And given the amount of waste created by many Western/Northern countries... we are just as much, if not more, of a stress on our lovely Mother Earth :)
re: Infant mortality in LDCs is natural population control
By Heartmember has saluted, click to view salute photosPremium member
On Sun Mar 25, 2012 12:58 AM
Nature always wins. What do you think HIV/AIDS is? For that matter, MRSA and similar drug-resistant strains? As we cure old diseases, new ones will turn up that we don't have the cures for. It will balance out. The planet always wins.

Though I will say, I am not at all comfortable with the line of thinking which claims that we should find a cure for EVERY disease. We cannot and should not: people need to die sometime. That is a very scary slippery slope. It would be far healthier to spend that time and effort wrapping our heads around the concept of mortality.

As for as how this pans out in real life... the more industrialized a nation becomes, the more its birth rate declines. This could be due to widespread access to birth control, females adapting roles outside of the home (thus not wanting to be mothers), or to some other factor entirely. We aren't sure.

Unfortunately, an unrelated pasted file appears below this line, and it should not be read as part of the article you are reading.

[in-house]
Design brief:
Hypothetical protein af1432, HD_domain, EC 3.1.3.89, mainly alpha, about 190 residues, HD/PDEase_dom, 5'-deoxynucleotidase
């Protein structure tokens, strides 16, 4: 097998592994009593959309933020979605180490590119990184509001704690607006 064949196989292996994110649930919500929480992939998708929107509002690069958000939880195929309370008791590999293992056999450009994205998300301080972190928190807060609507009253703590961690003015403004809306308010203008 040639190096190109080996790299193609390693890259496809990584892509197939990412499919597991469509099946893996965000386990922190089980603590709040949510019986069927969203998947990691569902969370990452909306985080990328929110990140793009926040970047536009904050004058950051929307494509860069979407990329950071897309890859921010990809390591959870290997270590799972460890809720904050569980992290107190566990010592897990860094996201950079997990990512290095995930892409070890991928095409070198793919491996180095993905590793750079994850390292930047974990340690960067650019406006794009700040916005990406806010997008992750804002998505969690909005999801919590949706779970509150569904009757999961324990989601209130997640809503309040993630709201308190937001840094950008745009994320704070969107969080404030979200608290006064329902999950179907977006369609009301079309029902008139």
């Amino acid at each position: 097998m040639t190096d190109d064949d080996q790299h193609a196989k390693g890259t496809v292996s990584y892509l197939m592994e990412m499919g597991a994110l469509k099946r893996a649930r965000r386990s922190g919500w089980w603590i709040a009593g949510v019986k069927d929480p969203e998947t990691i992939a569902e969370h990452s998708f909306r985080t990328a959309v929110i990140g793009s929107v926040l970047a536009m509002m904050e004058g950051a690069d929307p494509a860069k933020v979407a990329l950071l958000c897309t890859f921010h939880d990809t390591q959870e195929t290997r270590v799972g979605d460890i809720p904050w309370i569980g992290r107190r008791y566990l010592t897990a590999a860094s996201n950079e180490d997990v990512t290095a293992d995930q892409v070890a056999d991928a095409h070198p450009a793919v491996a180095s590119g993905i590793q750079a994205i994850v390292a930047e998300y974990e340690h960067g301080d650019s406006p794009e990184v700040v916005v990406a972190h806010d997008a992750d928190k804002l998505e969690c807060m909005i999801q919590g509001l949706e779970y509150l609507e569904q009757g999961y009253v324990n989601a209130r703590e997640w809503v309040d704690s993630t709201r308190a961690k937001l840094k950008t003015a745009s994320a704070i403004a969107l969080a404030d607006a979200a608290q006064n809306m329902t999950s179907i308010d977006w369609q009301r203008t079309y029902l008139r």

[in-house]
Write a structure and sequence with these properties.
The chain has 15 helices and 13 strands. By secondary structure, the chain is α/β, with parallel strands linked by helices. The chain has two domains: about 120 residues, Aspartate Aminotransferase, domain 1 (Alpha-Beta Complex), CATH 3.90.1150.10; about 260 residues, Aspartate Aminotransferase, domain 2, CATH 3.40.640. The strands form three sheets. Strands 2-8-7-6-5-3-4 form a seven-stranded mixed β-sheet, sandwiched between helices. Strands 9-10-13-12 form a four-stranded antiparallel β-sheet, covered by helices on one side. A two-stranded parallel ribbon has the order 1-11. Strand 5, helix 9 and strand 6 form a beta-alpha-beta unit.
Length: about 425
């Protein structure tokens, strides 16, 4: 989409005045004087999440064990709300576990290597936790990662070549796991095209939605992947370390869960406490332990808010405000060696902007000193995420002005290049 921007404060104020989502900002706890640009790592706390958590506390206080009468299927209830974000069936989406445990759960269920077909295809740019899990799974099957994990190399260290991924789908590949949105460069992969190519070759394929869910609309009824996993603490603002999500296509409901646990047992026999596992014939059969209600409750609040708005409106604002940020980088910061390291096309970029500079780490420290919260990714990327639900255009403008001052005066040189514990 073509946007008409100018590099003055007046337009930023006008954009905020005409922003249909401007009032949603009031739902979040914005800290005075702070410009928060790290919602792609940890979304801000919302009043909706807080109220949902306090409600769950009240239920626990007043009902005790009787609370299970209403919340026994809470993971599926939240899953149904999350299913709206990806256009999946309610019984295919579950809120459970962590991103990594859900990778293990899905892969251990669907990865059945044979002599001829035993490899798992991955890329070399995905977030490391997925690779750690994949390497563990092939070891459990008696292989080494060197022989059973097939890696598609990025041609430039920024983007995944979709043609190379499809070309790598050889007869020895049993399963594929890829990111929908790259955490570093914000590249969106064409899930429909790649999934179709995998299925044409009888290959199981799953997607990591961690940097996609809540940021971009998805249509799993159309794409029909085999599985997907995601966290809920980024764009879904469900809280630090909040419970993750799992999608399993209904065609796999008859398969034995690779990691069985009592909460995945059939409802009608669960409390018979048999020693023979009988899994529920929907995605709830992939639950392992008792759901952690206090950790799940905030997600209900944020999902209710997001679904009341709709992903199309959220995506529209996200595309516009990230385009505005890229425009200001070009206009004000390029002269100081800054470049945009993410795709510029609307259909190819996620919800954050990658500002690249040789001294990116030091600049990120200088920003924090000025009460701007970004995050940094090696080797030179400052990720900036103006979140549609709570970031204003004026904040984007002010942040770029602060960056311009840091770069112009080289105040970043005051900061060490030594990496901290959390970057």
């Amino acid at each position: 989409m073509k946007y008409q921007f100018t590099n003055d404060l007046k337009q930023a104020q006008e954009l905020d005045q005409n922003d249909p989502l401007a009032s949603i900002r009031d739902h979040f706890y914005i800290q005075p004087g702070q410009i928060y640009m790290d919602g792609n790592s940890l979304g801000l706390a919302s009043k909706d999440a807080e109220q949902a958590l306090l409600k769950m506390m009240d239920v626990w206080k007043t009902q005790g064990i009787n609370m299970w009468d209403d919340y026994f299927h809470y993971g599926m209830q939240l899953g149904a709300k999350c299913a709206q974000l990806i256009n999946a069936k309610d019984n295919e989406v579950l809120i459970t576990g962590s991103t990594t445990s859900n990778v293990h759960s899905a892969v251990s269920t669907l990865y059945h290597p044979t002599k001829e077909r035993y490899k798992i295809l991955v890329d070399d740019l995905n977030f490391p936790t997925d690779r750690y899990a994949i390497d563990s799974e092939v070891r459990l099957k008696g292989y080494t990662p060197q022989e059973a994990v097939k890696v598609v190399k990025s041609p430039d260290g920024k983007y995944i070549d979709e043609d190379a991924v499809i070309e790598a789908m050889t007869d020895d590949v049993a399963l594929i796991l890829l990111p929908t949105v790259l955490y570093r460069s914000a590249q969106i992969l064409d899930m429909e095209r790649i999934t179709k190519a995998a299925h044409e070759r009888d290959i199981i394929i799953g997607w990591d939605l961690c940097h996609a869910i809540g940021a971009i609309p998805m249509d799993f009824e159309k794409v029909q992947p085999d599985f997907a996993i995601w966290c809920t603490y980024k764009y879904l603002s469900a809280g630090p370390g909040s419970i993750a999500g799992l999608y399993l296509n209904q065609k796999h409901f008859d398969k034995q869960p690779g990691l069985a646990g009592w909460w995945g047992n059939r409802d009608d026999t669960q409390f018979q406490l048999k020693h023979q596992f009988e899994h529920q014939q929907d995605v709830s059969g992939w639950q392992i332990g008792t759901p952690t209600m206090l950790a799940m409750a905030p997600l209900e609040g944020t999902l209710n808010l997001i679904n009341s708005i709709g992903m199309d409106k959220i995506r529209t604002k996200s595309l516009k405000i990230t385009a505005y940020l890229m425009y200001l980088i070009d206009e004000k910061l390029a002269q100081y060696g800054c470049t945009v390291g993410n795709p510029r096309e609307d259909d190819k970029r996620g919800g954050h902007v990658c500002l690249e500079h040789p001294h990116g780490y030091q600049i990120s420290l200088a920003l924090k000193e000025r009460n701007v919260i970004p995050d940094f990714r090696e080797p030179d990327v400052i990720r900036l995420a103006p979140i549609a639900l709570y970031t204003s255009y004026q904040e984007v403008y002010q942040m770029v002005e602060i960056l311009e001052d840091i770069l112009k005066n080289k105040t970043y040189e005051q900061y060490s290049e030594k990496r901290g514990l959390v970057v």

re: Infant mortality in LDCs is natural population control
By CheesePlusCakemember has saluted, click to view salute photos
On Sat Mar 31, 2012 09:56 AM
You can't just say to let babies die and that will solve everything... You have to think about why people in less developed countries have more children in the first place. High infant mortality (people have more babies because they are likely to die while young), low access to birth control (or taboos for using it), need for more children for economic reasons (working in agriculture)... I believe those are the things that need to be looked at rather than focusing on after a child has already been born.